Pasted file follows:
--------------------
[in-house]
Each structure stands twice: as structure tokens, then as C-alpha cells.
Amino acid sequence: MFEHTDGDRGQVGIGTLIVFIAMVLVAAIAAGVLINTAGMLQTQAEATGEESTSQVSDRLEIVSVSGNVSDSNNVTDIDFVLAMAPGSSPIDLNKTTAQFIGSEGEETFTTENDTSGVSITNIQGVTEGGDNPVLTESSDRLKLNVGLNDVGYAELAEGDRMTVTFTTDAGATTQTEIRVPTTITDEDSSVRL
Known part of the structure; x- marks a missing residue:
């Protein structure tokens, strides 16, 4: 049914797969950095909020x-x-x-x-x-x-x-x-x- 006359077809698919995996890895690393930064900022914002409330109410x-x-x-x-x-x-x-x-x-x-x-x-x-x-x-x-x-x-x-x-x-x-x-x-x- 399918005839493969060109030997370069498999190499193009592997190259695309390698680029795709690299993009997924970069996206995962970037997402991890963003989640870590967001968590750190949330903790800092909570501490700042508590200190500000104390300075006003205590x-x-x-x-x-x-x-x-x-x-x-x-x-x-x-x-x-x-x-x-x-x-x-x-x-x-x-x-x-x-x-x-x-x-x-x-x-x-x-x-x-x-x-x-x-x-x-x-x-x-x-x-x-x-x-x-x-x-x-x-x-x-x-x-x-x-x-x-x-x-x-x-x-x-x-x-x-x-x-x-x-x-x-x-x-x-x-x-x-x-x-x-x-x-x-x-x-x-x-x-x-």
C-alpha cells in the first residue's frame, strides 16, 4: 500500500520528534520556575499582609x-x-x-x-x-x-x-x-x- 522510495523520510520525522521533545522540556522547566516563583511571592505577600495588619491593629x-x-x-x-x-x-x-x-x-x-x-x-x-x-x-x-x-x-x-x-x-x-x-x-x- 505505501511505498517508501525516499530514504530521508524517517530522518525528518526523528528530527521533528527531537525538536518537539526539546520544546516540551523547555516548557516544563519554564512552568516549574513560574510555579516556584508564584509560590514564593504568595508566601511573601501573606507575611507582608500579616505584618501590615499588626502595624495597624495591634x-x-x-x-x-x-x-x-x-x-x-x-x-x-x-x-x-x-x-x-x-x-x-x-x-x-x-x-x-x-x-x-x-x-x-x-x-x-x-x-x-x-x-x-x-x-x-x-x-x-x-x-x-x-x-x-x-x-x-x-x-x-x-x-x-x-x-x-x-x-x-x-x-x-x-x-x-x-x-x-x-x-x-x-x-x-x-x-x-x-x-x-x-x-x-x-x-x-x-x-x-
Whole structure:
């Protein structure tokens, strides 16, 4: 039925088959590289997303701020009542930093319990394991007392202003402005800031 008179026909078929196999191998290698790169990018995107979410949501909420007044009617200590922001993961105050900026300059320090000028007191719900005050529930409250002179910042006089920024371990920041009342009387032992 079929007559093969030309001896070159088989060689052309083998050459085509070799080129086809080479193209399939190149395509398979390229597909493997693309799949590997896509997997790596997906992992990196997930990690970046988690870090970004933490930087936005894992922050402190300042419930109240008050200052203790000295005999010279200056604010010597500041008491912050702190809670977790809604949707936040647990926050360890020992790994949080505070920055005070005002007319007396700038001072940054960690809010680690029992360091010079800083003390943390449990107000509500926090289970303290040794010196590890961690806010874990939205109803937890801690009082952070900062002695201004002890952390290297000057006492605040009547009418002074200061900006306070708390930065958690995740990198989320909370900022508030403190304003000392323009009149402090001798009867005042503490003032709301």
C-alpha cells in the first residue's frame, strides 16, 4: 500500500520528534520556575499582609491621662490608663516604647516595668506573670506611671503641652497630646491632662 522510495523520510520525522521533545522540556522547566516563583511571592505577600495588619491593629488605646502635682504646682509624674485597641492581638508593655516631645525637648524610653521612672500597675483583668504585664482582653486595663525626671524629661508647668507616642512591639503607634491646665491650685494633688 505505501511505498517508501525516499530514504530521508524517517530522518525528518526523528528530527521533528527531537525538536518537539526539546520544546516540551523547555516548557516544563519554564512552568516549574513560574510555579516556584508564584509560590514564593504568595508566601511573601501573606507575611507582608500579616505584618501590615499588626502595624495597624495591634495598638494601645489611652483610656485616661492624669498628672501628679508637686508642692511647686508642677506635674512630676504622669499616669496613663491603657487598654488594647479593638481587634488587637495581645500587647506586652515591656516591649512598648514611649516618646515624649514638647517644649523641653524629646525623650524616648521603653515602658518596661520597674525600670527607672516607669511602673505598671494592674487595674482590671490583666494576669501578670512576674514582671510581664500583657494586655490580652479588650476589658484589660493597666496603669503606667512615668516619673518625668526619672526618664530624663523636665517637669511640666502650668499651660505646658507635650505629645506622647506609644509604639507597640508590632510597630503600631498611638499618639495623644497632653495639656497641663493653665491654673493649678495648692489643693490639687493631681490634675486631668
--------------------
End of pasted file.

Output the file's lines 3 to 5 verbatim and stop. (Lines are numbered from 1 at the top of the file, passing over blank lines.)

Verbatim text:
Amino acid sequence: MFEHTDGDRGQVGIGTLIVFIAMVLVAAIAAGVLINTAGMLQTQAEATGEESTSQVSDRLEIVSVSGNVSDSNNVTDIDFVLAMAPGSSPIDLNKTTAQFIGSEGEETFTTENDTSGVSITNIQGVTEGGDNPVLTESSDRLKLNVGLNDVGYAELAEGDRMTVTFTTDAGATTQTEIRVPTTITDEDSSVRL
Known part of the structure; x- marks a missing residue:
């Protein structure tokens, strides 16, 4: 049914797969950095909020x-x-x-x-x-x-x-x-x- 006359077809698919995996890895690393930064900022914002409330109410x-x-x-x-x-x-x-x-x-x-x-x-x-x-x-x-x-x-x-x-x-x-x-x-x- 399918005839493969060109030997370069498999190499193009592997190259695309390698680029795709690299993009997924970069996206995962970037997402991890963003989640870590967001968590750190949330903790800092909570501490700042508590200190500000104390300075006003205590x-x-x-x-x-x-x-x-x-x-x-x-x-x-x-x-x-x-x-x-x-x-x-x-x-x-x-x-x-x-x-x-x-x-x-x-x-x-x-x-x-x-x-x-x-x-x-x-x-x-x-x-x-x-x-x-x-x-x-x-x-x-x-x-x-x-x-x-x-x-x-x-x-x-x-x-x-x-x-x-x-x-x-x-x-x-x-x-x-x-x-x-x-x-x-x-x-x-x-x-x-």